Friday, 3 April 2015

Hamantaschen



I seem to have missed a whole month of blogging.  I have been very tardy in the posting department.  And very lapse in the photographing department.  Although I have been holding my own in the baking and eating department.  Time and technology don't seem to come together at mutually convenient times.  I need to find some way to blog whilst sleeping.  Or blog whilst baking.  A bit like "tidying as you go".  Given how *amazing* I am at that I expect that blogging as I go will be just as successful...

So, these Hamantaschen were scheduled for Purim.  Purim as in the beginning of March.  So, yes, I am a bit late. About five weeks late.  All going well, I should have five posts the end of this weekend...   

My knowledge of the Jewish calendar is primarily through Rose's Alpha Baking group.  Apparently the shape of these biscuits is said to replicate the three cornered hat of the Haman.  From what I understand the Haman was a bit of a nasty piece of work, who eventually found his end at the piece of a rope.  And armed with that knowledge I set off to bake them, even though I can't even pronounce the word.

The biscuit has two component parts.  A sweet cookie crust pastry (pate sucree) and a filling.  Rose supplies a recipe for the traditional poppy seed filling or suggests using apricot lekvar.

The making of the pastry is straight forward now.  I really must experiment with making pastry by hand, rather than always using a food processor.  The little boys love to help whenever it comes to using the food processor.  I am sure there is some base DNA which attracts males to tools with the power of dismemberment.  I have to admit I am not very calm and collected when they drag their chairs into the kitchen to help.  They haven't quite grasped the concept of the three stages of pastry making.  Nor the difference between ON and PULSE.  Happily, the pastry doesn't seem to suffer too much.  Perhaps my yelling "Pulse, just EIGHT PULSES!  Not ON!" relaxes the pastry - it has nil affect on my state of relaxation.

Pulsed until size of peas... or something
Pulsed until breadcrumbs with no sign of butter.

Rose recommends that the pastry be divided in half and then refrigerated for 30 minutes each.  From personal experience, listen to Rose.  This dough definitely needs to be firm to withstand the shaping process.  If the dough is too soft, it looks less like a Haman and more like a sow's ear.  The Hamantaschen's are a 3 inch (or whatever the diameter is of my largest cookie cutter) circle of dough, topped with a teaspoon of the filling of your choice.  Then through something that feels vaguely unnatural, you turn the sides of circle upwards to form a triangle.  This then encloses the filling which ends up just peeking out.  It should only just peek out to keep things looking neat after baking.  So if you start out with warmish dough, this unnatural triangulation process elicits quite a few swear words.  So listen to Rose and chill your dough.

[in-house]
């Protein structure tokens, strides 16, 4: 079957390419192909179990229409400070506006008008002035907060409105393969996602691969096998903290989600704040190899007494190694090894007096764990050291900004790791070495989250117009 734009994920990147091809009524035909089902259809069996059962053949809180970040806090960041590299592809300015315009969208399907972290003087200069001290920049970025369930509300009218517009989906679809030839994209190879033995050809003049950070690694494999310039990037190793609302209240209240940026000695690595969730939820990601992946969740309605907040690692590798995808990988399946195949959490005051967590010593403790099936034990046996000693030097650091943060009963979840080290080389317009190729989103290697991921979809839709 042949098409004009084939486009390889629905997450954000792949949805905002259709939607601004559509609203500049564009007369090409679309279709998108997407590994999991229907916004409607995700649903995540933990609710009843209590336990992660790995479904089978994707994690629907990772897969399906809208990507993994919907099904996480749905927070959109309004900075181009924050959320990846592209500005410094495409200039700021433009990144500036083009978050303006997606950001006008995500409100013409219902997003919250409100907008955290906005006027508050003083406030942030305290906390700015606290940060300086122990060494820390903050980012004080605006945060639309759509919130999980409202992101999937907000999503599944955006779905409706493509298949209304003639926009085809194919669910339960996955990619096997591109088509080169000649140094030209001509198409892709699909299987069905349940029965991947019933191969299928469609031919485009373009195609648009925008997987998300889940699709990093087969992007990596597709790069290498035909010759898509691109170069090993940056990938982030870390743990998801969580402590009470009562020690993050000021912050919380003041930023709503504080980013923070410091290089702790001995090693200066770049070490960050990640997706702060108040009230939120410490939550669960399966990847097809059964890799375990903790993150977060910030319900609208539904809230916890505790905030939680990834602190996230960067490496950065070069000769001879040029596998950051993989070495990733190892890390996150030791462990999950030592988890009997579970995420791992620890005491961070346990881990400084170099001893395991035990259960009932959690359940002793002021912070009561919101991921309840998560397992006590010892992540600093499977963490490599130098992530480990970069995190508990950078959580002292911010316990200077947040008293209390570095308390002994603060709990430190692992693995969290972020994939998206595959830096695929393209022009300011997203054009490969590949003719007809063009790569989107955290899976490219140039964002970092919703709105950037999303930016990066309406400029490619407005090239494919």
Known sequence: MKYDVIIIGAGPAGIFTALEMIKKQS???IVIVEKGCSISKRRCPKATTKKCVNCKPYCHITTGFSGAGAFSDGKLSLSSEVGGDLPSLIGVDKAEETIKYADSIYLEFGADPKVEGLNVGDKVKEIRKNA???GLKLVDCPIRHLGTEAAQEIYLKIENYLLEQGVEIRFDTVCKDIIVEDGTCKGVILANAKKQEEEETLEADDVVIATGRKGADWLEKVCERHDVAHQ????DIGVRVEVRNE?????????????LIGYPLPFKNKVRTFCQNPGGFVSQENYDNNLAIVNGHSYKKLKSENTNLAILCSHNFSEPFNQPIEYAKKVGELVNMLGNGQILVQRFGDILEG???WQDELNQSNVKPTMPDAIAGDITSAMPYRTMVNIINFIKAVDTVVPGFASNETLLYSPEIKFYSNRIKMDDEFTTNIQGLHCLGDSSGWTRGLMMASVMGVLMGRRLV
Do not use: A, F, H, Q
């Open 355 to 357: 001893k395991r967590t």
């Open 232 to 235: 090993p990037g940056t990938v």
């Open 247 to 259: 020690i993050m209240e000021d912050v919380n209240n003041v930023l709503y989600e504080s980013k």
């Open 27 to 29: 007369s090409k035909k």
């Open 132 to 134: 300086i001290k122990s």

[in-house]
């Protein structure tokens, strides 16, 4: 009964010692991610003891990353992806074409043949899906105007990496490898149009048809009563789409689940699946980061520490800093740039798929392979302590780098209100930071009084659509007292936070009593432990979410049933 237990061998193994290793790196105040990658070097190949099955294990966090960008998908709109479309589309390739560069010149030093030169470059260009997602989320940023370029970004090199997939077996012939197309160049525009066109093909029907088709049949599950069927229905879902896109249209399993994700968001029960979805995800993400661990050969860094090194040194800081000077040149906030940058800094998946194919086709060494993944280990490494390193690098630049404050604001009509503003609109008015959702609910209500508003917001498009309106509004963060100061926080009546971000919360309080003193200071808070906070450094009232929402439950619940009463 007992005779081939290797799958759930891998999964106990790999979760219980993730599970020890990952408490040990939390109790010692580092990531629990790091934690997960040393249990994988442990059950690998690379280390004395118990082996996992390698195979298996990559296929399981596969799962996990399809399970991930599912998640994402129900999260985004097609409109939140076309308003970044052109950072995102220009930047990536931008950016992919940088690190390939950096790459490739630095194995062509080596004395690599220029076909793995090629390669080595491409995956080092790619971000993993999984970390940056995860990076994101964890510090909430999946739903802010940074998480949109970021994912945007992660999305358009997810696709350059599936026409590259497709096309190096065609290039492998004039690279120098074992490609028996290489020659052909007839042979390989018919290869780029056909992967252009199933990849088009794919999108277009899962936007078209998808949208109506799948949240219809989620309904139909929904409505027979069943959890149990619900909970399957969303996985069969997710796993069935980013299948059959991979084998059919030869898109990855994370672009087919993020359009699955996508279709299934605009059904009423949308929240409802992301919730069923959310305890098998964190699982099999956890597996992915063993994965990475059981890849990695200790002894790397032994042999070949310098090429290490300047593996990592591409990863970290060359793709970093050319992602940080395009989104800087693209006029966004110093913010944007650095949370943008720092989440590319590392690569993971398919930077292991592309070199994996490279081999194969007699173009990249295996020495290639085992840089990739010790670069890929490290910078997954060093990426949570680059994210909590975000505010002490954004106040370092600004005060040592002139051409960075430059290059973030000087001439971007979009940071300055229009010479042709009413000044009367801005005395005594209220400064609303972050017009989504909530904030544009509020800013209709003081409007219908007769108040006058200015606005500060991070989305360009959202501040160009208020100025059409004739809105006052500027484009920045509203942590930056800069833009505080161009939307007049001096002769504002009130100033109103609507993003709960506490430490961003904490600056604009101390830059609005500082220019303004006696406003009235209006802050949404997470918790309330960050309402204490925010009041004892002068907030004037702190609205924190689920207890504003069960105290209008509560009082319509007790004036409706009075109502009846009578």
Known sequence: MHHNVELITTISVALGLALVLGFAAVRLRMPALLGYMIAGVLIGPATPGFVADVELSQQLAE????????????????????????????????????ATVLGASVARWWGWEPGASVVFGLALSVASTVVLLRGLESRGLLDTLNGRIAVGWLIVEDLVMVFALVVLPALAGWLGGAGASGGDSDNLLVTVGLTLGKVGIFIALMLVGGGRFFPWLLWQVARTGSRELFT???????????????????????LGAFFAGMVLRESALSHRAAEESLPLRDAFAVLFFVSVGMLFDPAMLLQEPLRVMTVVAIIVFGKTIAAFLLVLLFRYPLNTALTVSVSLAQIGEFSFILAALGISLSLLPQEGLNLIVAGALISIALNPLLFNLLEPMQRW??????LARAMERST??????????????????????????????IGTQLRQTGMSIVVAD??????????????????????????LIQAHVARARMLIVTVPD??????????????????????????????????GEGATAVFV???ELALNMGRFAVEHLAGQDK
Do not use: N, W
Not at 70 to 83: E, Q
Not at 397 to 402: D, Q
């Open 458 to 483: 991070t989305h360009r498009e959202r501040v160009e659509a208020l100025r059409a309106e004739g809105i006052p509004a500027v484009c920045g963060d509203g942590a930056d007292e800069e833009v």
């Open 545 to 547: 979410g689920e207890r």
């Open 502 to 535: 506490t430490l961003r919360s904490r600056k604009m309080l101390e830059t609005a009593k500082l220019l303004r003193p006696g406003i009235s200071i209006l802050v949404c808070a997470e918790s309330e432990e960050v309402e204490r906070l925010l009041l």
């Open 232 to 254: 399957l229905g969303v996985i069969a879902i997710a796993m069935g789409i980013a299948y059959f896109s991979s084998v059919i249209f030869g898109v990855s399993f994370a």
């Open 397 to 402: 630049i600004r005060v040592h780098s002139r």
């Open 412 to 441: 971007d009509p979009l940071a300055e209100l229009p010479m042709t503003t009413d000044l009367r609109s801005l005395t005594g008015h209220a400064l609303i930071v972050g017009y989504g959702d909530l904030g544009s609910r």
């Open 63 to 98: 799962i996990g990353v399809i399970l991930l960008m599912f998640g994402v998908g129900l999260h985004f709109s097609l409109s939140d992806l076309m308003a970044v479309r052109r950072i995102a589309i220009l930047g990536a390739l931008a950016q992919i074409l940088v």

Rolling of the dough to 1/8 inch.  How I love those Pastry Wands.

Soft dough is a no no.  I had to almost scrape these off the bench.


The poppy seed filling was its own little challenge.  I made two separate fillings - one with poppy seeds expiring in March 2015 and one expiring in October 2015.   The first mix with the technically expired poppy seeds tasted bitter.  The second mix, unfortunately tasted the same.  So either both bags were rancid, or that is just the way a billion poppy seeds taste en masse.  The poppy seed mix required that the poppy seeds were ground.  I didn't think Chris would appreciate poppy seeds through his burr coffee grinder so I attempted to grind them in my food processor.  Hopeless.  Then in the mortar and pestle.  Hopeless.  I think this is my new definition of futility.  The ground (or impervious) poppy seeds are then mixed into hot sweetened milk,  The poppy seeds should absorb the liquid.  Unless they are impervious poppy seeds, in which case you get a milky seed mix.

My best shaped Hamantaschen's were those with the chilled firm dough and with the firmer lekvar.

They look cute
The unrefrigerated dough was soft after baking as well


I have to say I preferred the lekvar versions.  So did everyone in our house.  I could tell because the poppy seed versions were still hanging round a week later.  These are definitely not on my bake again list - not just because I can't pronounce the word.

Do the poppy seeds hamantaschen look like a bikini wax?

3 comments:

  1. Do you know what the danger is for me reading your posts now? It makes me nostalgic for everything that was baked and eaten. It all looks so good and takes me back to what I've already forgotten, longing for a cup of tea and few of these. I actually liked the prune filling.

    ReplyDelete
  2. LOL! You had me spit out drinking water when I read your last sentence..LOL! Next time I cannot drink water and read your blog post at the same time. You are hilarious!

    ReplyDelete
  3. Bikini wax, LOL!! I'm so glad I read that a month after eating them!! I can just imagine the chaos of little boys and the food processor. They must love it!

    ReplyDelete